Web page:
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5 Ted talks to up your interview game

Interview lie cartoon

I'm sure you've got plenty a link to Ted talks in the text-thread with your mother because she's just discovered Youtube and she wants you to know that you should stop playing video games or seize the day... you get the picture. We don't mean to replace your mother but we might supplement your watch list with some interesting tidbits that you might actually find useful. These Ted talks are short, snappy and particularly relevant to pimping your interview game. Take a few minutes to watch these in the time leading up to clerkship interview season and you're sure to score the job.

Anna Post

Post brings you the most practical interview advice you'll hear including advice on how to dress, how to answer questions and handshakes all in the context of the fact that this may be the meeting that changes your life. Because, well, it might be.

Ashwini Mrinal Bhagat

Yeah, we know, you'd froth over the chance to interview with 32 firms. Bhagat's Ted Talk touches on how emotionally difficult and confusing the interview process really can be, how frustrating it is to be asked to just tell someone about yourself and how ridiculous it is to be rejected based on the colour of your dress.

Celeste Headlee

Ok so this one's not about interviews, its about interviewing. Headless is a radio host for NPR in the US and she interviews people on the daily. But take it from me and Headless both, listening and absorbing the information you get about a potential employer prior to and during the interview is as important as what you're trying to communicate. It's a surefire way of showing that you care and it's going to help you show that you want to be here and not just anywhere.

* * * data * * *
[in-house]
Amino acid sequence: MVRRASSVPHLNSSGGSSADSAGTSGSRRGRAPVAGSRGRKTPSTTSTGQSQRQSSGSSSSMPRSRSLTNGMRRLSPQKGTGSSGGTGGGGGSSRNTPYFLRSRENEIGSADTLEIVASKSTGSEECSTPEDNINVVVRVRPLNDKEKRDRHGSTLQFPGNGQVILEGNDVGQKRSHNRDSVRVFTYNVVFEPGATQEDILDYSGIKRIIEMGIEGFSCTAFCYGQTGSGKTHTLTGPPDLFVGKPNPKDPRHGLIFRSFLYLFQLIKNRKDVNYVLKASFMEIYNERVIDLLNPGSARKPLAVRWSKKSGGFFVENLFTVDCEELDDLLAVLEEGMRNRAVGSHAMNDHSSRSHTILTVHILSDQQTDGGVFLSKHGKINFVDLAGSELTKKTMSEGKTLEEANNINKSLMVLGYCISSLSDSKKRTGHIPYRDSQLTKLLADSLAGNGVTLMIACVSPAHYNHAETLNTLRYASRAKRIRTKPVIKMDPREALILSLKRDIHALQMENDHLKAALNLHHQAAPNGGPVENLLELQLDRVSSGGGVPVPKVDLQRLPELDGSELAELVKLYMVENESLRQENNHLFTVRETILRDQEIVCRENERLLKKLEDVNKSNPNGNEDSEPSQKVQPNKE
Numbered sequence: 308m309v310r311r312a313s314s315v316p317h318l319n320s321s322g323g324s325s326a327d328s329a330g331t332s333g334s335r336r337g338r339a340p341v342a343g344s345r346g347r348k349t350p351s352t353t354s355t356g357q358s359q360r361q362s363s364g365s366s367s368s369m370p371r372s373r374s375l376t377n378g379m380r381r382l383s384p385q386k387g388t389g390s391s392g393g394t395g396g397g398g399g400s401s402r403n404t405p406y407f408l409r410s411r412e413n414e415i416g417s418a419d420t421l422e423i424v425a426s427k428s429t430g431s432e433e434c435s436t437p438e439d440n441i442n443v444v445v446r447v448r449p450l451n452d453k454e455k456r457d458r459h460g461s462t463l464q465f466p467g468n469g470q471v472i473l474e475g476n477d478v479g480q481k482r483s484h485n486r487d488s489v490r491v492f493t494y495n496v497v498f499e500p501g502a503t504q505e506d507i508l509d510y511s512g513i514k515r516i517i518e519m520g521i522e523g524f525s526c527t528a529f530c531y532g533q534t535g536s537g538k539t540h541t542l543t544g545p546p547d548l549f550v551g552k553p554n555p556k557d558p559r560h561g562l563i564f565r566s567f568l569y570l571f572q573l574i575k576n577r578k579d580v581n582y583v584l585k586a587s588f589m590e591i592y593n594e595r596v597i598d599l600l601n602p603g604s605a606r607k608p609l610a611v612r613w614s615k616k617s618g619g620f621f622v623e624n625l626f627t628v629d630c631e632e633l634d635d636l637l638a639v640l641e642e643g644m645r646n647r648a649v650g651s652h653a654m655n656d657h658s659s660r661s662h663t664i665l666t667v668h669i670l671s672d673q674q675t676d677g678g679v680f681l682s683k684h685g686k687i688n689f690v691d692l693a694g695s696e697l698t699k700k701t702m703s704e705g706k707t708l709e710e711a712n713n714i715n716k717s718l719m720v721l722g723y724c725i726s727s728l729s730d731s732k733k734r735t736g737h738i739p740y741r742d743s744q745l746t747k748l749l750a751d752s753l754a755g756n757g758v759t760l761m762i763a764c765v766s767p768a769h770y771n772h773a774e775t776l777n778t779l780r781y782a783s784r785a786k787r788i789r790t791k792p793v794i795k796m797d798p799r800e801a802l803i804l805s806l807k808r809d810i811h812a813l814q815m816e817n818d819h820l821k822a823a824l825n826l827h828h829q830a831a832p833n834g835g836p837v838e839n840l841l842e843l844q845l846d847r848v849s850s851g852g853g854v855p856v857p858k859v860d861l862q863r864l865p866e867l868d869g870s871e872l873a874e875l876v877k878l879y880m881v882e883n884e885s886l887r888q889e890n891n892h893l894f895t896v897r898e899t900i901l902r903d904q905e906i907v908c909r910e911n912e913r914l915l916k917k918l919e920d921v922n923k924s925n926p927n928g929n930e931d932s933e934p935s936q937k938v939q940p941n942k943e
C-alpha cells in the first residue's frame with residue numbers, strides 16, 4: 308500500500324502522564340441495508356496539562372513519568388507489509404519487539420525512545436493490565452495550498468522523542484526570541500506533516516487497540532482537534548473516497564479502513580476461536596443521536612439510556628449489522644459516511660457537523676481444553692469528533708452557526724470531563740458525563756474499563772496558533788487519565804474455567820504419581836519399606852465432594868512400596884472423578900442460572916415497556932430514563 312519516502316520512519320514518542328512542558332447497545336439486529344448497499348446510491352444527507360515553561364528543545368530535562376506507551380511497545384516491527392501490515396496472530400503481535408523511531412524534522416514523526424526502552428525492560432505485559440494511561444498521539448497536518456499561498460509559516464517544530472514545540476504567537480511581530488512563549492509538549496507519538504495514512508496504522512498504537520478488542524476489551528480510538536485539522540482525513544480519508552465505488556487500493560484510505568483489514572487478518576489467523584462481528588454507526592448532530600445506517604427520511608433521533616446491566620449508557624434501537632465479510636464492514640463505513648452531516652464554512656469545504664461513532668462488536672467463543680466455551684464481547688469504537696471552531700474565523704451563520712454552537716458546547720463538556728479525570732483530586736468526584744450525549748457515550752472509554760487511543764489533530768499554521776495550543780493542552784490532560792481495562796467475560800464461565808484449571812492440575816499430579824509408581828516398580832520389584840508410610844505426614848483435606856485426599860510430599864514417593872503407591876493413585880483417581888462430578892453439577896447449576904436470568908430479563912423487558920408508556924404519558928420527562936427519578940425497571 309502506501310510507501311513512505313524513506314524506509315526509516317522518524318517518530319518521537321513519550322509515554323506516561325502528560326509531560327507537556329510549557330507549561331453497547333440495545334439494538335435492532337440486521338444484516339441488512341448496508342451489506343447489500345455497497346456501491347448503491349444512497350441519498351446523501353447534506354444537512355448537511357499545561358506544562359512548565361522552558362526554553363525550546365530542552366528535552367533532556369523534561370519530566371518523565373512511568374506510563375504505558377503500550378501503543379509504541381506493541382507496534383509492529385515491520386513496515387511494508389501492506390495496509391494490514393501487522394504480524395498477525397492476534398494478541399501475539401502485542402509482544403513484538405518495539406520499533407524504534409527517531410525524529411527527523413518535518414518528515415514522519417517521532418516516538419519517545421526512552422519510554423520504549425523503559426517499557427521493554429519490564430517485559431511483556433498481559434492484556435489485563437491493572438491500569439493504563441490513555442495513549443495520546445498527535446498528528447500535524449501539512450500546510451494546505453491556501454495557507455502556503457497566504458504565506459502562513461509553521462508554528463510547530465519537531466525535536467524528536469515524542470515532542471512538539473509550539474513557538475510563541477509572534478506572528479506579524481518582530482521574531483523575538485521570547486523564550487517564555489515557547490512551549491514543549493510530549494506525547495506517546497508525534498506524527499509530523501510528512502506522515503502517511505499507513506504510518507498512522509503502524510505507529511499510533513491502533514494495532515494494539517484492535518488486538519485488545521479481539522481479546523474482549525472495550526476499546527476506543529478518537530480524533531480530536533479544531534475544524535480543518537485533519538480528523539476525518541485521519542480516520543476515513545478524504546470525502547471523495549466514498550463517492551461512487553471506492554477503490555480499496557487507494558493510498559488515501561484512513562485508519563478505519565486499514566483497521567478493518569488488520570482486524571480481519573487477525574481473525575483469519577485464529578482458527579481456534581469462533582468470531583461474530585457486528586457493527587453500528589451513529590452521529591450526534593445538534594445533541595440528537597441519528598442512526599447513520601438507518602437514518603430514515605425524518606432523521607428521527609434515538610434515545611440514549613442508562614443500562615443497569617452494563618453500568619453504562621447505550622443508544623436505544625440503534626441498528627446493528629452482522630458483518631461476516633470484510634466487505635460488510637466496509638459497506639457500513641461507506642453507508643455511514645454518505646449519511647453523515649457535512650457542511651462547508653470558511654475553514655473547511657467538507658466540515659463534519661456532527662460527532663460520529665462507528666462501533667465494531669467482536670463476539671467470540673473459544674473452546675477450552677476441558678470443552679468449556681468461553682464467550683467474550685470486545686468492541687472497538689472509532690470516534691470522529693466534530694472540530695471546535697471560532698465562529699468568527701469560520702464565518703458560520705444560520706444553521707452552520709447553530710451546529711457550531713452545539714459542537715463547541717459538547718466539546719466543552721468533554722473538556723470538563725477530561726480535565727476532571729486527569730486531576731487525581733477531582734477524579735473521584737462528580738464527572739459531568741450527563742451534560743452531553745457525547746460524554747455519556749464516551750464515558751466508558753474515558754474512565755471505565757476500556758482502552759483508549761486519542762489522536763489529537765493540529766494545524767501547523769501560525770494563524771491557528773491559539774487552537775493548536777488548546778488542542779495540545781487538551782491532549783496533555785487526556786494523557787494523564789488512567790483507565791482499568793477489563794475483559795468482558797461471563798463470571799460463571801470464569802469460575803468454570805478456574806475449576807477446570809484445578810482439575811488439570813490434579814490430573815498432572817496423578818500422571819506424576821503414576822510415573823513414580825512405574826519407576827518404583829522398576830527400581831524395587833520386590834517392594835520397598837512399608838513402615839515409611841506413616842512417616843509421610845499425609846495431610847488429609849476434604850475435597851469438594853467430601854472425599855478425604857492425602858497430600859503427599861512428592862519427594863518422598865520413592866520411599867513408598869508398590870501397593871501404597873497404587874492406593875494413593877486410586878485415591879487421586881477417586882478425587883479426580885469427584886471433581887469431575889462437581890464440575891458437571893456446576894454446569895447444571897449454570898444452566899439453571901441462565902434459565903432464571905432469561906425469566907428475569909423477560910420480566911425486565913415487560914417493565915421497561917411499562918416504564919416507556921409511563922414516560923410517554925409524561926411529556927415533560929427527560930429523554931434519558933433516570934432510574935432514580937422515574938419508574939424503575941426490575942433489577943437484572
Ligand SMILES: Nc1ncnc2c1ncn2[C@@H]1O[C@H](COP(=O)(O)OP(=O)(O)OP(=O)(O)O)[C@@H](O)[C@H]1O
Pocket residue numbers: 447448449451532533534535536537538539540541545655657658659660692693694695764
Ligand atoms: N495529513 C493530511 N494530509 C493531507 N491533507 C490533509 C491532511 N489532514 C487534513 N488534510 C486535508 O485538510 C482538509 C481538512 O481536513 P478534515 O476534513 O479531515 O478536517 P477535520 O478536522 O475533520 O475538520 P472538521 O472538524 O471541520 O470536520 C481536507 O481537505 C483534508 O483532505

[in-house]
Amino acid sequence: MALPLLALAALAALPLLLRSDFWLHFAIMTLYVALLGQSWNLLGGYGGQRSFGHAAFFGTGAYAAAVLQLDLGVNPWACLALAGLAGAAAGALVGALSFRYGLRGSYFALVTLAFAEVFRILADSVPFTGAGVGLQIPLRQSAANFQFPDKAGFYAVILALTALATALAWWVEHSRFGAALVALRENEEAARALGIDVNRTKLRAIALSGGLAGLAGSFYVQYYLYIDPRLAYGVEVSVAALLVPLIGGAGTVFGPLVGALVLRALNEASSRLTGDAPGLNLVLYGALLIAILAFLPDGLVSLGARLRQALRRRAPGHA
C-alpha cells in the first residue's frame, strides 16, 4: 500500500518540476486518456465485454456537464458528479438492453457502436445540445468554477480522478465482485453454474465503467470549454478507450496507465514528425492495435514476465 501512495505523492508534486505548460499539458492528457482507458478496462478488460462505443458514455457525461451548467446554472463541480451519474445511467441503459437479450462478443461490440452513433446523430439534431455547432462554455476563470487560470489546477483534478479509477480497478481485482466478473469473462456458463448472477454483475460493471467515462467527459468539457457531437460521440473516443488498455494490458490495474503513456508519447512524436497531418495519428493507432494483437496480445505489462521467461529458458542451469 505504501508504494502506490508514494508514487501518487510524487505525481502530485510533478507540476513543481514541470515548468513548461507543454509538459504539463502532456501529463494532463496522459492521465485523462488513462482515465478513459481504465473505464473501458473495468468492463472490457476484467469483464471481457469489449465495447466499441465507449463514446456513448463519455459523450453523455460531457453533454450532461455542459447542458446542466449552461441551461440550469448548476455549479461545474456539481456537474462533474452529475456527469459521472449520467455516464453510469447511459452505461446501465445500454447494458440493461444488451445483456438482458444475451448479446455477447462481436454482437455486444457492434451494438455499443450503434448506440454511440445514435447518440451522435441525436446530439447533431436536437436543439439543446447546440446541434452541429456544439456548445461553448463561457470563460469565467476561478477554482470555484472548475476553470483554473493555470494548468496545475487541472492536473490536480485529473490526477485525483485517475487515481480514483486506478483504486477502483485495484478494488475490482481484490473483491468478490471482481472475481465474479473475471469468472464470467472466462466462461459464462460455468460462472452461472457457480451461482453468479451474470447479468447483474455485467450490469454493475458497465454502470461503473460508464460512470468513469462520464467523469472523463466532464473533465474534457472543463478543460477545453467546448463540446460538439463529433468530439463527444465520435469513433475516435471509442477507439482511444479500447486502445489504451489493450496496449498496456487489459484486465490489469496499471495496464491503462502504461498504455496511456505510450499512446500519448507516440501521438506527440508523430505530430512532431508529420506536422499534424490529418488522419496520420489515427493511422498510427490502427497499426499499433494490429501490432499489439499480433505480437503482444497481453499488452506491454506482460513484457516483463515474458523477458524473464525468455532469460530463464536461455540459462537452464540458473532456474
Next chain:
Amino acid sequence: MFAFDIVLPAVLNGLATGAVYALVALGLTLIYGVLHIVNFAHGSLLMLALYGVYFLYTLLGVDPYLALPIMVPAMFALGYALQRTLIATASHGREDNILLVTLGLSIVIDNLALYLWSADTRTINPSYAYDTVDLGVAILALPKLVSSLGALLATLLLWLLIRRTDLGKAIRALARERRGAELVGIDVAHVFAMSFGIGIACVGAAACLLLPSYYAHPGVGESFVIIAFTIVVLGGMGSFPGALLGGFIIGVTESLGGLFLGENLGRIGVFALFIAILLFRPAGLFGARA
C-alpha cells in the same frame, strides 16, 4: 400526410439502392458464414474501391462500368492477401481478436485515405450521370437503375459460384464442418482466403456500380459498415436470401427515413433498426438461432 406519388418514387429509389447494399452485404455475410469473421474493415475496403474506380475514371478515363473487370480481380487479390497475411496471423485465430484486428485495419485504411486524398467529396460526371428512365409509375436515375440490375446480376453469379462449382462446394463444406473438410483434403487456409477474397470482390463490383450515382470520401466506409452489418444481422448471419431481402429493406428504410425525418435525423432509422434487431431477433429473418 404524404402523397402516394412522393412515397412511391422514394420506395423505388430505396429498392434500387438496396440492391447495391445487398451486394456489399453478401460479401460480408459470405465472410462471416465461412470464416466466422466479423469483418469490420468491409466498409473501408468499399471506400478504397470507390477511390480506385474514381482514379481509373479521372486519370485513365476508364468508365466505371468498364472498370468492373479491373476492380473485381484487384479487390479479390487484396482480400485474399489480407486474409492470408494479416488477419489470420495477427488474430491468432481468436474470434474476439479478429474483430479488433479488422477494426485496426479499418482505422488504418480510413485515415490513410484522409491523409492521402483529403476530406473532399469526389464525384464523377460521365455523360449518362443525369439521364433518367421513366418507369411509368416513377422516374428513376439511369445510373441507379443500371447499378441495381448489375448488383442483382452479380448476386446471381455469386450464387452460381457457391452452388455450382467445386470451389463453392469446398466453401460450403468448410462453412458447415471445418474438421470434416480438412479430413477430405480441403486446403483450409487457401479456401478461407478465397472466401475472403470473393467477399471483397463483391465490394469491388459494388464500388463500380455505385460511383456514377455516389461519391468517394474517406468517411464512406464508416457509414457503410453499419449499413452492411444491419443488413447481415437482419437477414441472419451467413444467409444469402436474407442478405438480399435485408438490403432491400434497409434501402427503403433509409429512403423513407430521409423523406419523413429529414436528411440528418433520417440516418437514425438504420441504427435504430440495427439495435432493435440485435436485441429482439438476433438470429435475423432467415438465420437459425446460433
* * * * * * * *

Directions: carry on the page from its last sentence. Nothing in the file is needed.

Julian Treasure

Half the battle in an interview is figuring out whether or not the interviewer is listening and beating that sneaking suspicion that they dismissed you the moment they saw you weren't from a sandstone university. This talk is about steering clear of the conversation crutches like gossip and whining that end up being turn-offs.

Pamela Meyer

Don't be alarmed. We're not trying to teach you to become better liars. In fact, that would defeat the purpose of interviewing as a chance for you and your potential employer to suss each other out, to find out whether you fit together. Rather, it's a useful video to remember and reflect on when you practice your interview question responses. Are you lying? If you are, maybe this isn't the job for you.

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